Last Updated Apr 7, 2016 4:57 PM EDT
NEW YORK -U.S. stocks sunk to their biggest loss in a month-and-a-half Thursday as banks and technology companies tumbled. Interest rates moved lower, hurting financial stocks. The dollar continued to fall compared to the Japanese yen. Stocks have fallen three out of four days this week.
Stocks sharply reversed course after their gains a day ago. Financial companies including Goldman Sachs and Citigroup took the largest losses. Technology and telecommunications companies also fell.
The Dow Jones industrial average fell 174.09 points, or 1 percent, to close at 17,541.96. The Standard & Poor's 500 index shed 24.75 points, or 1.2 percent, finishing at 2,041.91. The Nasdaq composite index lost 72.35 points, or 1.5 percent, to end at 4,848.37.
The market has lost momentum over the last few weeks after a furious rally that wiped out most of its losses from early 2016. Scott Wren, senior global equity strategist for Wells Fargo's Investment Institute, said stocks are rising and falling based on how investors expect the global economy to do.
"People are worried about growth today," he said. "You're not getting much more than modest economic activity."
Financial companies fell sharply. Goldman Sachs slid $4.78, or 3.1 percent, to $150.41, and Citigroup lost $1.59, or 3.8 percent, to $40.27. JPMorgan Chase dipped $1.49, or 2.5 percent, to $57.32. Wren said banks are struggling because economic growth is sluggish and interest rates remain low, which means they can't make as much money from lending.
"Interest rates aren't going to do what banks really need them to do," he said.
eBay led tech stocks lower as it fell $1.33, or 5.2 percent, to $24.10, and Apple gave up $2.42, or 2.2 percent, to $108.54. Telecommunications companies continued to struggle. Verizon fell $1.52, or 2.8 percent, to $52.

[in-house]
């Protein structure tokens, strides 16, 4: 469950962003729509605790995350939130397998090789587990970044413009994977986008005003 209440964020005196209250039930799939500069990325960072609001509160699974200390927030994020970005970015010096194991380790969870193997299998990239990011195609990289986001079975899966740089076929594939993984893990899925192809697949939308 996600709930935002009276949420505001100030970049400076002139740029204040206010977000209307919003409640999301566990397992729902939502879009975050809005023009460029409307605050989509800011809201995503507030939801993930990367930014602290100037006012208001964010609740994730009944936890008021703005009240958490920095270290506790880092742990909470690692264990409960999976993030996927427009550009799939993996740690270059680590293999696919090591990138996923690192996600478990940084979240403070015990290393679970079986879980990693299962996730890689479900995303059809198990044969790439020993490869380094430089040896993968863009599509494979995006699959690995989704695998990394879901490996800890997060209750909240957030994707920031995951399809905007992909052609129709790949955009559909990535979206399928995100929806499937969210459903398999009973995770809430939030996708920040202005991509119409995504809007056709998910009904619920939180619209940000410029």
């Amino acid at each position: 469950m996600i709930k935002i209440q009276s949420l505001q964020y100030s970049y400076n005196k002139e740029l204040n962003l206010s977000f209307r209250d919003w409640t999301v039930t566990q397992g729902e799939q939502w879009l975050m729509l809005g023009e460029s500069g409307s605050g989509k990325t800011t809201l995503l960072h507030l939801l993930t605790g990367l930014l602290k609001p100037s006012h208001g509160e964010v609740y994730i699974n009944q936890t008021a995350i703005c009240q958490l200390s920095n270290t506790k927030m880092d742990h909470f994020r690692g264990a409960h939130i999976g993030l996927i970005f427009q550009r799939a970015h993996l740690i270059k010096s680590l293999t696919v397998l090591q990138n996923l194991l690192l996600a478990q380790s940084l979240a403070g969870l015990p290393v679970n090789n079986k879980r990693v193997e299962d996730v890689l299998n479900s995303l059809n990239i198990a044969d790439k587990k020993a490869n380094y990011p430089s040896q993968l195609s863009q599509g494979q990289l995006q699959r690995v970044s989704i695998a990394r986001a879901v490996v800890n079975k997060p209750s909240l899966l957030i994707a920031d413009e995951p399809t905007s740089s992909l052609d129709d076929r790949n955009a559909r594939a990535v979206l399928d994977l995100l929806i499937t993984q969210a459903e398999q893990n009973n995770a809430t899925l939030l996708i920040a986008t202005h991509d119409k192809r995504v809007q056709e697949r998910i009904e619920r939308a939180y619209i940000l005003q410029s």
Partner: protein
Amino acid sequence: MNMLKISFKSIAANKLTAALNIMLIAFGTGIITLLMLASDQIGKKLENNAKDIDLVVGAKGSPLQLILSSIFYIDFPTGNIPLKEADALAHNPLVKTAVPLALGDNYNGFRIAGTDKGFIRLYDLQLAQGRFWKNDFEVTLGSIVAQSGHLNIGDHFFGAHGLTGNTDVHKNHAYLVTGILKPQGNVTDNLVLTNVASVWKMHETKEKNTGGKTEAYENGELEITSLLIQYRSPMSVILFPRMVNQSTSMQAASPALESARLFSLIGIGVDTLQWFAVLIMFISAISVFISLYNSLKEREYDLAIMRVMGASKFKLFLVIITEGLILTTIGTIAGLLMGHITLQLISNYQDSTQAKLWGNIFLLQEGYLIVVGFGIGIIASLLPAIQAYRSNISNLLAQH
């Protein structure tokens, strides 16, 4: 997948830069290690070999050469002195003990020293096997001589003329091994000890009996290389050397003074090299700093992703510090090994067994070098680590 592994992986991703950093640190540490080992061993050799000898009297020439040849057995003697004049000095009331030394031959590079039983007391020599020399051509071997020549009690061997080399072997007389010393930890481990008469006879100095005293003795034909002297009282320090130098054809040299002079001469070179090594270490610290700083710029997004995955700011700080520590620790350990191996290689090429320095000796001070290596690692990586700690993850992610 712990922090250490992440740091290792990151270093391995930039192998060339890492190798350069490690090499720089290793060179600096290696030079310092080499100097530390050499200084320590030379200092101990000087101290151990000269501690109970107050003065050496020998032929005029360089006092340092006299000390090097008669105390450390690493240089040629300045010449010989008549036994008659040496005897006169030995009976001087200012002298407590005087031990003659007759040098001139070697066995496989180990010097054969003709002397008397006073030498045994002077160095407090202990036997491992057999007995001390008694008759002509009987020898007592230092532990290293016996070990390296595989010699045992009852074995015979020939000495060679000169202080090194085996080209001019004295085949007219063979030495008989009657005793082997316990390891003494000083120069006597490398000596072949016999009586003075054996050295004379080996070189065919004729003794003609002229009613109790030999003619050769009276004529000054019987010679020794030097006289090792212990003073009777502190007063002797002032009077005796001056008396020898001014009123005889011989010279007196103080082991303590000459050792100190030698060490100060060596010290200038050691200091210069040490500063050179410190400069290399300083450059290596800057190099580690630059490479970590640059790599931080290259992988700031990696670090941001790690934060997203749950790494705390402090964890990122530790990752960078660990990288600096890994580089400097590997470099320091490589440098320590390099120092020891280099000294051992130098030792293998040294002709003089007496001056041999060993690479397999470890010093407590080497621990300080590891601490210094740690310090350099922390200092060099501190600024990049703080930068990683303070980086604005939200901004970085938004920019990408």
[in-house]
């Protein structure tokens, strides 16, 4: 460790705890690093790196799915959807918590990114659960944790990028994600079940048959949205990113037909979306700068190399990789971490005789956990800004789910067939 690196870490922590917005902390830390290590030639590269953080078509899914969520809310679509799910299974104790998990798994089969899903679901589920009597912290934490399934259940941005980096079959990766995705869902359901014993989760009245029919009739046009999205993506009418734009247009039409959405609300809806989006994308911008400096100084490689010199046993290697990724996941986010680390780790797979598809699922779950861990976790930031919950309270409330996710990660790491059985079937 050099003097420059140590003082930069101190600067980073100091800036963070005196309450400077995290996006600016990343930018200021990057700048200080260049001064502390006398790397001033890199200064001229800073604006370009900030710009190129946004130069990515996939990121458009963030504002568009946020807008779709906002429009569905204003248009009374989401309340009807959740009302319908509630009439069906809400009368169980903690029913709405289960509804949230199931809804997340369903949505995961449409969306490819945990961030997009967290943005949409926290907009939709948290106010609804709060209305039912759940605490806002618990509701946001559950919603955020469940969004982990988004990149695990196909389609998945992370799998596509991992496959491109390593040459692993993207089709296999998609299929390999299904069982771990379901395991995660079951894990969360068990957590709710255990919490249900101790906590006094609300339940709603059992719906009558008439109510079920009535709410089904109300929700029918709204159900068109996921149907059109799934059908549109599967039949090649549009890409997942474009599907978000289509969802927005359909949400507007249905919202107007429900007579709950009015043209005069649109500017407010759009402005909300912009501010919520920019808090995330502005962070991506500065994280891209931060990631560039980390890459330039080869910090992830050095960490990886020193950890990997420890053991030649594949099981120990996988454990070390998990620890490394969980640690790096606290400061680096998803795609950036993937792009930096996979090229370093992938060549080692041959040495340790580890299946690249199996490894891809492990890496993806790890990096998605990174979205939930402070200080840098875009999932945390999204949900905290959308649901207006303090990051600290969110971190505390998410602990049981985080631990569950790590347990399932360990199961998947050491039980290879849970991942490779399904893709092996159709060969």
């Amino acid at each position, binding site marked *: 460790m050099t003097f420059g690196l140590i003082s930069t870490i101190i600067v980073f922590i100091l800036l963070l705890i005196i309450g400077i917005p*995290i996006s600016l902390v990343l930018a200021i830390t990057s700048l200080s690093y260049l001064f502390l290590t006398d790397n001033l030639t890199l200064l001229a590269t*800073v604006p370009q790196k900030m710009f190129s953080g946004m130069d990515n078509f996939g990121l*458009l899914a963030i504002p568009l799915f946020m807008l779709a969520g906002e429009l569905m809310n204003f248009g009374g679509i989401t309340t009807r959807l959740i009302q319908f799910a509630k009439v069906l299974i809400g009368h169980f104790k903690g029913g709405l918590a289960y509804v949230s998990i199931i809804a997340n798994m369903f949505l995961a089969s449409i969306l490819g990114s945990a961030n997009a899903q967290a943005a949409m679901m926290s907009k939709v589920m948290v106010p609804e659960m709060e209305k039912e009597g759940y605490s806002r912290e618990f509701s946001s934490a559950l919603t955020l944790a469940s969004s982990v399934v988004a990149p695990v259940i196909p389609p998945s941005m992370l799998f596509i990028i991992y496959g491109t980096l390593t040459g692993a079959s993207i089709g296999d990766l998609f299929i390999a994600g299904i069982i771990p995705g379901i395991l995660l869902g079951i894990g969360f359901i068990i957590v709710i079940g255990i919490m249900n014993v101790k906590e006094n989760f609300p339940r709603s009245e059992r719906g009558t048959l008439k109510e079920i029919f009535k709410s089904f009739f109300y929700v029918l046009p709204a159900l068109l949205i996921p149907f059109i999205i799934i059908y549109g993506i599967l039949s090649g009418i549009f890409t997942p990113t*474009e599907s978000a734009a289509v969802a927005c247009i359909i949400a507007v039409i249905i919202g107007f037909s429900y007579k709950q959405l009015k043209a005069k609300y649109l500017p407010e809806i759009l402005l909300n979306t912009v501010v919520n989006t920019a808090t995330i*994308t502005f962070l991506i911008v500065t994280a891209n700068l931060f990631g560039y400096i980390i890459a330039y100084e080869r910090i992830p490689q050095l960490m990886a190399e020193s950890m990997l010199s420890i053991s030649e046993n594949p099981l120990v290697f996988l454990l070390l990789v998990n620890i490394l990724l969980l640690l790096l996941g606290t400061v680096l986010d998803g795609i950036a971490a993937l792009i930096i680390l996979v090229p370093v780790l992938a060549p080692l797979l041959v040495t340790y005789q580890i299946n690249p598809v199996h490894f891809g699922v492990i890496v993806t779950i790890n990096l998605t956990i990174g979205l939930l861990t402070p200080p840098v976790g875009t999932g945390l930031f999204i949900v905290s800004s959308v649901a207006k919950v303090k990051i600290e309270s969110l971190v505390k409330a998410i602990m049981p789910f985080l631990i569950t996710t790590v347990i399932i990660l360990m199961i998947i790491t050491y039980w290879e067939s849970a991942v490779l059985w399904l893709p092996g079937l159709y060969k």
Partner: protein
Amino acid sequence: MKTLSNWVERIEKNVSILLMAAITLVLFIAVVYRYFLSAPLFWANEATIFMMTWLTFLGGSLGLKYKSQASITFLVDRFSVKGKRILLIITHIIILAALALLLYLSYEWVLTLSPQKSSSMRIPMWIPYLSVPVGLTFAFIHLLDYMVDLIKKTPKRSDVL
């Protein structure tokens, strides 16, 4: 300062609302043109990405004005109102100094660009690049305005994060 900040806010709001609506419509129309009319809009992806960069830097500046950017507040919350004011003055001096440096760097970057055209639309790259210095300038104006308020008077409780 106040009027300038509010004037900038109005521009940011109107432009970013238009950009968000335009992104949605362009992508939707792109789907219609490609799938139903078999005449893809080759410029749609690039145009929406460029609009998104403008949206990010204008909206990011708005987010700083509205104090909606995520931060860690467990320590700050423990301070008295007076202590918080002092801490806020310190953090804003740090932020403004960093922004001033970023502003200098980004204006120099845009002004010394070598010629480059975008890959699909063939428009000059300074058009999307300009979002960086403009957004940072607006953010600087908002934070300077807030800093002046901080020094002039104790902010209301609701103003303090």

Wynn Resorts jumped $10.44, or 11.7 percent, to $99.99 after the hotel and casino company proposed a new development. Wynn said it wants to build a recreational lake and hotel behind its Wynn Las Vegas property.
U.S. government bond prices rose. The yield on the 10-year Treasury note fell to 1.69 percent from 1.76 percent. The dollar continued to weaken against the yen and is now at its lowest compared to the yen in almost a year-and-a-half. On Wednesday it fell to 108.24 yen from 109.62 yen. The euro declined to $1.1377 from $1.1410.
Benchmark U.S. crude fell 49 cents, or 1.3 percent, to $37.26 per barrel in New York. Brent crude, used to price international oil, dropped 41 cents to $39.43 a barrel in London.
Wholesale club operator Costco declined after the company disclosed its March sales. Its stock fell $4.74, or 3 percent, to $152.03. Retailer Ollie's Bargain Outlet Holdings traded higher after it announced solid quarterly results. The stock climbed $2.34, or 10.3 percent, to $25.04.
HanesBrands said it will buy Champion Europe. HanesBrands owns Champion and the deal gives it control of a company that owned the Champion trademark in Europe as well as the Middle East and Africa. It recently made a similar deal in Japan as well. The underwear, T-shirt and sock maker's stock added 77 cents, or 2.8 percent, to $27.87.
ConAgra Foods added 66 cents, or 1.5 percent, to $46.09. The maker of Chef Boyardee, Hebrew National hot dogs and other packaged foods reported third-quarter profit and sales were stronger than expected.
Used-car dealership chain CarMax reported strong fourth-quarter results, but its stock lost $3.81, or 7.1 percent, to $49.48. The company said it faced a tougher sales environment in the second half of the fiscal year.
The price of gold rose $13.70 or 1.1 percent, to settle at $1,237.50 an ounce, and silver gained 10 cents to $15.16 an ounce. Copper plunged seven cents, or 3.1 percent, to $2.08 a pound.
In other energy trading, wholesale gasoline fell 1 cent to $1.38 a gallon. Heating oil slipped 1 cent to $1.13 a gallon. Natural gas rose 11 cents, or 5.6 percent, to $2.02 per 1,000 cubic feet.
The Labor Department said applications for unemployment benefits fell slightly last week. That shows employers aren't slashing jobs even though there are signs economic growth is weak.
Germany's DAX fell 1 percent, and the CAC-40 in France shed 0.9 percent. Britain's FTSE 100 lost 0.4 percent. In Tokyo, the Nikkei 225 advanced 0.2 percent, and Hong Kong's Hang Seng added 0.3 percent. In South Korea, the Kospi added 0.1 percent.